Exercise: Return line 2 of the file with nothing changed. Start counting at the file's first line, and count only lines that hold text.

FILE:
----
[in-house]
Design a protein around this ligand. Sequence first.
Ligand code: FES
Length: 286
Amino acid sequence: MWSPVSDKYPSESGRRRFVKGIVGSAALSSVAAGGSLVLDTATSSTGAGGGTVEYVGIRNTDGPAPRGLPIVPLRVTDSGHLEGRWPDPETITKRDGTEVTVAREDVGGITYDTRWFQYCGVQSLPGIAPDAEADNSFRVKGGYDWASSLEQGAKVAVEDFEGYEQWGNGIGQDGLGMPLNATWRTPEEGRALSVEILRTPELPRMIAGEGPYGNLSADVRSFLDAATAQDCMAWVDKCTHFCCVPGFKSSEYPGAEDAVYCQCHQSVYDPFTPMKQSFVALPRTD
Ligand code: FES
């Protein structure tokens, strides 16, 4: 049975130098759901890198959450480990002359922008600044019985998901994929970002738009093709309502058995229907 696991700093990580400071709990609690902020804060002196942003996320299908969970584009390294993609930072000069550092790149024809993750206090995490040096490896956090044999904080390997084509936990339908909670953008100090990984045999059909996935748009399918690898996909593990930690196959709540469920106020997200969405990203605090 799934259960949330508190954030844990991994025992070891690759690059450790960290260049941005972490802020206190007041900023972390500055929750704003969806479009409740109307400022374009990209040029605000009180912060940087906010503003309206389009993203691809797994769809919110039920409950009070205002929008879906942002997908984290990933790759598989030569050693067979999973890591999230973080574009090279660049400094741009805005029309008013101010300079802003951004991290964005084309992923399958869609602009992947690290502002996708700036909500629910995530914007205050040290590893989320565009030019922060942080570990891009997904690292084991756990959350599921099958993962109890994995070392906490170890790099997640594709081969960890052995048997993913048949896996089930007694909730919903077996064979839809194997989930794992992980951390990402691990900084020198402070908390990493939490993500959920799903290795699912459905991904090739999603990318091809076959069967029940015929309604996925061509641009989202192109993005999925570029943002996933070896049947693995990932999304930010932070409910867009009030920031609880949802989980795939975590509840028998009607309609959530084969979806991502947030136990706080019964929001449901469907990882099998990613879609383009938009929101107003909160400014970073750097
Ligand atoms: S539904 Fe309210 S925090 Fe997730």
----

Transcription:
Design a protein around this ligand. Sequence first.